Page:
Opening up employment opportunities for those previously excluded from this or that workplace or industry would be a lousy reason to have a war, but it was a ‘silver lining’ for the USA in the two World Wars, especially World War II. Labor demands intensified a great migration, northwards and westwards, for African Americans, and ‘Rosie the Riveter’ is an easily recalled icon of women moving into places where, before, it was thought they shouldn’t—or couldn’t—be. Although professional baseball didn’t integrate itself until Branch Rickey snapped up Jackie Robinson (1947), the movie A League of their Own provided a fictional, funny, and romantic reminder that there was, for one brief shining moment, a ladies’ league, and those ladies played hardball. But there’s no doubt that professional baseball felt the pinch, which if not yet painful enough to bring integration had the majors beating the bush leagues for old and young players. So it was that on June 10, 1944, at Crosley Field, trailing the St. Louis Cardinals by 13-0 in the 9th, and with nothing to lose, the Cincinnati Reds brought in pitcher Joseph Henry Nuxhall to close off the rout. Joe was only 15 years old, at the time, and it’s been settled that he was then (and still is) the youngest player ever to play in a regular season major league game. Even at 15 Joe was impressive, a gangling southpaw, 6’2” in altitude, 190 lbs. in heft, and he’d been ripping up the competition in junior high and senior high games in Hamilton, Ohio. And he retired the first batter, but then the Cards added five more runs and young Joe was yanked. Joe then went to the minors, but came back to a long, successful career with the Reds, wherein he chalked up 16 seasons in the National League with a couple of All-Star appearances, and then forty (count ‘em, 40) seasons broadcasting Reds’ games on radio. So the beanpole kid became an institution and, into the bargain, a better kind of war story. ©
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Re: BOB'S BITS

Post by Stanley » 11 Jun 2019, 12:14

Reflections on a Silver Spoon. The title of Paul Mellon's autobiography, published in 1992.

At the New Inn, in the charming Lancashire village of Yealand Redmayne, I once enjoyed two pints of Hartley’s ale thanks to the generosity of the American millionaire Paul Mellon. But it’s Mellon’s birth anniversary, so let’s talk about him first. Paul Mellon was born on June 11, 1907, in Pittsburgh, PA, the seat of his father Andrew’s vast wealth (which owed mainly to finance). Paul grew up to privilege and power, and also to a reputation for philanthropy, albeit one somewhat tarnished by Andrew Mellon’s disastrous response (as Treasury Secretary) to the Great Depression. But Andrew recovered from that to donate to the nation the National Gallery of Art and to Pittsburgh the Carnegie Mellon University. Coming into his own in the 1930s and 1940s, Paul Mellon wore the mantle well, if you like that sort of thing, and after war service continued the family tradition of donations to the National Gallery (including the whole East Wing, designed by I. M. Pei, and much of the art it holds). He also made major gifts (of art, of books, and the buildings to house them) to the state of Virginia and the universities of Yale, Cambridge, and Oxford. That listing of its high points does not begin to cover his philanthropy’s scope, but it’s also worth noting that he looked after the family fortune (and his English and American racing stables) with considerable success. Throughout his long life Paul Mellon suffered seriously from the fever of Anglophilism, nurtured first by his English mother, Nora McMullen Mellon, and then especially by his English second wife (his first wife having died, in 1946, of acute asthma) Rachel Lloyd, ‘Bunny’ to her friends, a horticulturalist and an art collector in her own right. And those draughts of Hartley’s ale? Paul and ‘Bunny’ had flown over for a week’s hunting on Lord Peel’s Lancashire (pheasants) and Yorkshire (grouse) estates, and at its end had given a very generous tip to Peel’s gamekeeper, who rolled into the New Inn one Sunday evening in August 1973 and bought drinks all around—and then a second pint for me when he discovered I was a Yank. ©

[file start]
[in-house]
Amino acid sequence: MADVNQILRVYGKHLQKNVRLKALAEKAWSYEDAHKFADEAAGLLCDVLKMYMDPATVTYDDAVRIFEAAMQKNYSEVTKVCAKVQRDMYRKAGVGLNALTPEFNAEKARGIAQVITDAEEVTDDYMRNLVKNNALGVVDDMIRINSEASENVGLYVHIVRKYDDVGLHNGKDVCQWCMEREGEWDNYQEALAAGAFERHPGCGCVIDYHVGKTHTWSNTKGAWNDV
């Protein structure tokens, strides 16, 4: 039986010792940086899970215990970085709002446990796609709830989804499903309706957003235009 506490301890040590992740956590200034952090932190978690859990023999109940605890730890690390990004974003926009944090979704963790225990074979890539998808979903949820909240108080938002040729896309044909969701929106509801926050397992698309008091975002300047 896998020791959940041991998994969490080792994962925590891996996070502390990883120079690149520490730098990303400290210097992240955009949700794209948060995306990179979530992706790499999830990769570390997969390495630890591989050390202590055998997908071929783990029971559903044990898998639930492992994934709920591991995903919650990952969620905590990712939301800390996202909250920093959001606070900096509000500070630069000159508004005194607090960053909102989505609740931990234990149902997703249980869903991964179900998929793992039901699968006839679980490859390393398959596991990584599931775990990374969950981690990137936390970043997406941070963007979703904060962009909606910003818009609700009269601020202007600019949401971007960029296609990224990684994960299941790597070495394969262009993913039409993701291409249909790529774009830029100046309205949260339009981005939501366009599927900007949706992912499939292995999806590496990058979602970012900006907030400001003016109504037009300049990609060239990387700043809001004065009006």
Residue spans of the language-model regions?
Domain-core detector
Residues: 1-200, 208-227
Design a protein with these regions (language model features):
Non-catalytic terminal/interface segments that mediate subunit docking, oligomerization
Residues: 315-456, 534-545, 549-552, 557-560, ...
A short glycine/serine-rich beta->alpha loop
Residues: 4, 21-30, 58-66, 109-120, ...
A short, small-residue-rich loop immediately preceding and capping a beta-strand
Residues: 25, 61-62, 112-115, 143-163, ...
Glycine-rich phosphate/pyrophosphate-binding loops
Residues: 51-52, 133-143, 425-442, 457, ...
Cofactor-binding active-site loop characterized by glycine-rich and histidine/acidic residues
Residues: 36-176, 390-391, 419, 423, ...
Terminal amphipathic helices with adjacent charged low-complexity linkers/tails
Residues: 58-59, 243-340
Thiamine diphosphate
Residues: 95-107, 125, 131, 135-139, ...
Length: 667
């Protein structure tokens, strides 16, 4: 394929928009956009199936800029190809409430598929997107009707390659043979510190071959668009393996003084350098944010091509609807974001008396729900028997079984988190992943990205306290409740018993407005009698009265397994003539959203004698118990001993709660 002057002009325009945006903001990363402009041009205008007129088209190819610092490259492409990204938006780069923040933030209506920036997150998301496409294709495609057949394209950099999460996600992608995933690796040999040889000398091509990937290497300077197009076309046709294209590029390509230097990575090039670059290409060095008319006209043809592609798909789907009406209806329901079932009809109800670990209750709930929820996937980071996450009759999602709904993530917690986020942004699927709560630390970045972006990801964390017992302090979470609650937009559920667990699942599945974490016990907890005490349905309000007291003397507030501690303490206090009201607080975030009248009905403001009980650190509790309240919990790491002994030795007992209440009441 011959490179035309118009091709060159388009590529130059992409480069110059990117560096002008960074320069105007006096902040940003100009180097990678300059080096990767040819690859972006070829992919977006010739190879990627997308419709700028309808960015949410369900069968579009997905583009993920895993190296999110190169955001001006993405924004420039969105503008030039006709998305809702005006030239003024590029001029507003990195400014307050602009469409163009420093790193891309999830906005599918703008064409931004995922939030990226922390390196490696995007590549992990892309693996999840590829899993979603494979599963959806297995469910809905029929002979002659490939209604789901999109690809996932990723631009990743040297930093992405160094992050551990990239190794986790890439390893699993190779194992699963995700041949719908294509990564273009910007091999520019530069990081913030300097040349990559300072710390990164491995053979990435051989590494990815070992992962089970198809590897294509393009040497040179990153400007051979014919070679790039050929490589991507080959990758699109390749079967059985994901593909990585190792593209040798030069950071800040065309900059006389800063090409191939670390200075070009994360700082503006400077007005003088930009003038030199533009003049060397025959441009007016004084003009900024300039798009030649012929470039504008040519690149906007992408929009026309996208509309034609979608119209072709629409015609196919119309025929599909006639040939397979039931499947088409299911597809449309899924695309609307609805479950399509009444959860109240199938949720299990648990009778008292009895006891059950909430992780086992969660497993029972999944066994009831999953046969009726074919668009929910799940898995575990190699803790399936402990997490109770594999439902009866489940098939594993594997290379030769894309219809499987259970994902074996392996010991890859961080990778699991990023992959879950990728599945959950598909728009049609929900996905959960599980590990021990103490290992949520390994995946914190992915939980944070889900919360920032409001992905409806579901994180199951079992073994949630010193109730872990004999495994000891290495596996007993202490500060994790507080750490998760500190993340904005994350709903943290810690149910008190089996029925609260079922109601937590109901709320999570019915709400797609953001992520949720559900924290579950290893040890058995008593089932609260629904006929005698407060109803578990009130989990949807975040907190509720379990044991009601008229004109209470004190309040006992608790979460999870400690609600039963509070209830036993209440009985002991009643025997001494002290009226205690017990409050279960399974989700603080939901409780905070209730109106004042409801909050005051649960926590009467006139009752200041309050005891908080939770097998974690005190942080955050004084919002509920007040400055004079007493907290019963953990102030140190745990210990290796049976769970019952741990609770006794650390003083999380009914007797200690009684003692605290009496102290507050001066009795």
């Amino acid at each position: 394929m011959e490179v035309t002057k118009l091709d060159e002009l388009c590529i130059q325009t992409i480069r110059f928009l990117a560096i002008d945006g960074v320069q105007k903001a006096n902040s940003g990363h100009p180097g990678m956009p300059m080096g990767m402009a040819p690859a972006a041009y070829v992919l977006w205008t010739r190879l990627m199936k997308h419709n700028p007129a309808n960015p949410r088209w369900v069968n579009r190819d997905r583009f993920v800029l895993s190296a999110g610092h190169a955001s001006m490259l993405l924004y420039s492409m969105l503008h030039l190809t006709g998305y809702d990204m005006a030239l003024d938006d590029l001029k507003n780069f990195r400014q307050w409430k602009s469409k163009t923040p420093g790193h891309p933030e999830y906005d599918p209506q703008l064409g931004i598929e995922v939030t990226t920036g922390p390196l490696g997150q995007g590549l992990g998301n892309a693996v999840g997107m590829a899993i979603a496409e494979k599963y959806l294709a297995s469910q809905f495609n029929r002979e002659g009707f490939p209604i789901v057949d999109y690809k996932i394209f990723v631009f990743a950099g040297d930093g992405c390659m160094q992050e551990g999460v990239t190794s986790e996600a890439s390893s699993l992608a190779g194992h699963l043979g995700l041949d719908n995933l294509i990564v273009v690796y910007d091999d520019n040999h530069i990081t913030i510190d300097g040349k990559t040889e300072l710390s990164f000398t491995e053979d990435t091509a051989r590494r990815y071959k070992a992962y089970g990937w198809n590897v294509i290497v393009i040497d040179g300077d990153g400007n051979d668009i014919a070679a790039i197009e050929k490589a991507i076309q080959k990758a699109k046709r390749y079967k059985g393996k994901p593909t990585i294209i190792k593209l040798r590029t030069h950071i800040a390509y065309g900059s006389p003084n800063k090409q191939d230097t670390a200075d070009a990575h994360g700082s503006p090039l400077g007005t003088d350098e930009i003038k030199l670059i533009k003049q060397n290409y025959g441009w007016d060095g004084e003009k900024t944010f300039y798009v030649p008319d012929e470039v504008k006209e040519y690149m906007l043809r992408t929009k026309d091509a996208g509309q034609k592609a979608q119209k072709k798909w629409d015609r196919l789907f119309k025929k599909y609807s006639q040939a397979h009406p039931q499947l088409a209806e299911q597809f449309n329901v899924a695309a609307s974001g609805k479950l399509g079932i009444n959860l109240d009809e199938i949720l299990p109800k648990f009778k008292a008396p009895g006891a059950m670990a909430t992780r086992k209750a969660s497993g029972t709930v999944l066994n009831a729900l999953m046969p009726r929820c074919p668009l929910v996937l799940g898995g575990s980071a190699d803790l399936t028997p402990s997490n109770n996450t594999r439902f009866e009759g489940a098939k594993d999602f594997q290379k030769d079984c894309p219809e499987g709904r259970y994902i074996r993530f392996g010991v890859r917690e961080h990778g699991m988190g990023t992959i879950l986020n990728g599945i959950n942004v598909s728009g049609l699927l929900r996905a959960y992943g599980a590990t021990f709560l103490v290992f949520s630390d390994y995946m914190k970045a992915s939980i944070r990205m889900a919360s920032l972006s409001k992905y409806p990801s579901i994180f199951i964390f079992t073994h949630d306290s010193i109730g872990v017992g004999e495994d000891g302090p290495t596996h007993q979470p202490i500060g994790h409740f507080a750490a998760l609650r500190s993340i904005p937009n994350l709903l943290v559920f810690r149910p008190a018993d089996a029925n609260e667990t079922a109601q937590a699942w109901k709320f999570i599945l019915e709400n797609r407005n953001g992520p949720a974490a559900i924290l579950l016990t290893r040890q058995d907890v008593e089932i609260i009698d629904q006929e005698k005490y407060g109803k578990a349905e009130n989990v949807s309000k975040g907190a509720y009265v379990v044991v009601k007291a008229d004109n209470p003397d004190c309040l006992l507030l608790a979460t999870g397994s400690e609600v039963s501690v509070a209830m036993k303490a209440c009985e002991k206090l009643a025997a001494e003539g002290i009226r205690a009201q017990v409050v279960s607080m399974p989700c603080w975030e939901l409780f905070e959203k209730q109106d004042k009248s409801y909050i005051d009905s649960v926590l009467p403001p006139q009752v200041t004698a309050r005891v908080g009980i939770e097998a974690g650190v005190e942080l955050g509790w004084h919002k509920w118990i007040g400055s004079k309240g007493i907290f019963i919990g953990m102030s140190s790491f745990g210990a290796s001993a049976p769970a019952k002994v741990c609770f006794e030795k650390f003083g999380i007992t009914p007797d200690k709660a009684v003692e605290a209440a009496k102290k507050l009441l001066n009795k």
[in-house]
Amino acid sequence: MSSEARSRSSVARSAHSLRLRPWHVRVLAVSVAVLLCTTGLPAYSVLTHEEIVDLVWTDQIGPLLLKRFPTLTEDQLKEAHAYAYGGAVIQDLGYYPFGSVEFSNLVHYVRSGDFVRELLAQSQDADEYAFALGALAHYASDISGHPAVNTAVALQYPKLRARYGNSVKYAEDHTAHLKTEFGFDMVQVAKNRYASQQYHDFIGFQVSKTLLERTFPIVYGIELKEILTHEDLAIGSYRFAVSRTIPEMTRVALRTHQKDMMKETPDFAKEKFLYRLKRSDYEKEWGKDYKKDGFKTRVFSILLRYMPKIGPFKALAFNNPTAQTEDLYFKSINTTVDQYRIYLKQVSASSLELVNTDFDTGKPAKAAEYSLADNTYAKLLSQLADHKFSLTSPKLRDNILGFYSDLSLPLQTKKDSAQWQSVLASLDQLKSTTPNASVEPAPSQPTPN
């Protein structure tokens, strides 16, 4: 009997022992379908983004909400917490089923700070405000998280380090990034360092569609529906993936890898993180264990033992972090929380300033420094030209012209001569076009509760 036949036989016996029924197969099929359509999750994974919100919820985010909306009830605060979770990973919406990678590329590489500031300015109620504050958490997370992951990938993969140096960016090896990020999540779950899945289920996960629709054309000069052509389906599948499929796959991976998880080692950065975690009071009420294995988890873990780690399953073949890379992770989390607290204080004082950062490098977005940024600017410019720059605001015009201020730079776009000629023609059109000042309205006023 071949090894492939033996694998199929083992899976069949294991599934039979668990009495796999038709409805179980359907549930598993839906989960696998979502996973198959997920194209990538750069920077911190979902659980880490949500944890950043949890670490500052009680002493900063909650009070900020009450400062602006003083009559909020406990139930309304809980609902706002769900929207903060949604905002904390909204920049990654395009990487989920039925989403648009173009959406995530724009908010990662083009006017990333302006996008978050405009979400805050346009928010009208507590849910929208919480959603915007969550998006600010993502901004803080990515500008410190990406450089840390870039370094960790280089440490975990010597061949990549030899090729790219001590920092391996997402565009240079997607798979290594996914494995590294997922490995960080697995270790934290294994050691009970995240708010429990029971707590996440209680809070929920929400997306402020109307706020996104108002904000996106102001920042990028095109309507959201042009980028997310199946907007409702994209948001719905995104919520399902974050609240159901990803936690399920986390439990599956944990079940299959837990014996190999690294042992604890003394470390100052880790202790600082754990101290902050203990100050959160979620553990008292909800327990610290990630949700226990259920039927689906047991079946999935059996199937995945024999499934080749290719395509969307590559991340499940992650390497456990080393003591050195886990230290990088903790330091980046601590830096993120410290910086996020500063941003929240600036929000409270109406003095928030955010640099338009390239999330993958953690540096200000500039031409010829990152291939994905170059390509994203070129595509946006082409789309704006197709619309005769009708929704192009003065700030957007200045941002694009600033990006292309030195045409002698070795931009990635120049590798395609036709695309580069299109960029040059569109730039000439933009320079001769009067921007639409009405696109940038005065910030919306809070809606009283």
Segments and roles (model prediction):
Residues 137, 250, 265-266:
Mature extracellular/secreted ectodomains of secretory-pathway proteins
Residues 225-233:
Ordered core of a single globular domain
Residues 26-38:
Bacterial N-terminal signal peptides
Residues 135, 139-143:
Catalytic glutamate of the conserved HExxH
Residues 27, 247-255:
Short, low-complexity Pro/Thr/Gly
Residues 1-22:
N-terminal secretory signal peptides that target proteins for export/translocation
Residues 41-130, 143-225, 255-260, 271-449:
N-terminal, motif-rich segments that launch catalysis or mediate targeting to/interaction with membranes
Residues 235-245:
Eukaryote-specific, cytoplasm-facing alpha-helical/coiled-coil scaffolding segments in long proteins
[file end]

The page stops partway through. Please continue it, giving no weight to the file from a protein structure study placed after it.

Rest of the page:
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Re: BOB'S BITS

Post by Tripps » 11 Jun 2019, 12:26

And - he was the owner of Mill Reef :smile:
Born to be mild. . .

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Re: BOB'S BITS

Post by Stanley » 12 Jun 2019, 02:58

Trust you to know that.....
I got this from B ob this morning:-

Erratum on Mellon

A loyal reader (and a native St. Louisan) tells me that ‘Bunny’ Mellon, Paul Mellon’s second wife, was not English at all, but a very American Lambert, a name with lively St. Louis connections. Though Bunny was born in Princeton, NJ, her paternal grandpa, Jordan Lambert, was a St. Louis businessman, chemist, and inventor who gave us first Listerine and then Lambert Field. Her dad made a mint (not really a pun as mint is not a major component of original Listerine) selling the concoction, but then made another fortune on razor blades.
Her first marriage ended in divorce and she married Mellon in 1948. Despite or possibly because of her cute nickname Bunny Mellon was, it is said, a very private person, a gifted gardener, and might be worth an anniversary note of her own sometime. Meanwhile I will just apologize for making her into an English woman. It was the ‘Bunny’ that led me astray!! On the other hand, my St Louis friend tells me, her first fortune, the one made by her grandfather, came from Listerine, named in honor Joseph Lister, an English physician who thought cleanliness a good idea for hospitals and had himself invented a similar concoction. So there was a grain of virtue in my mistake.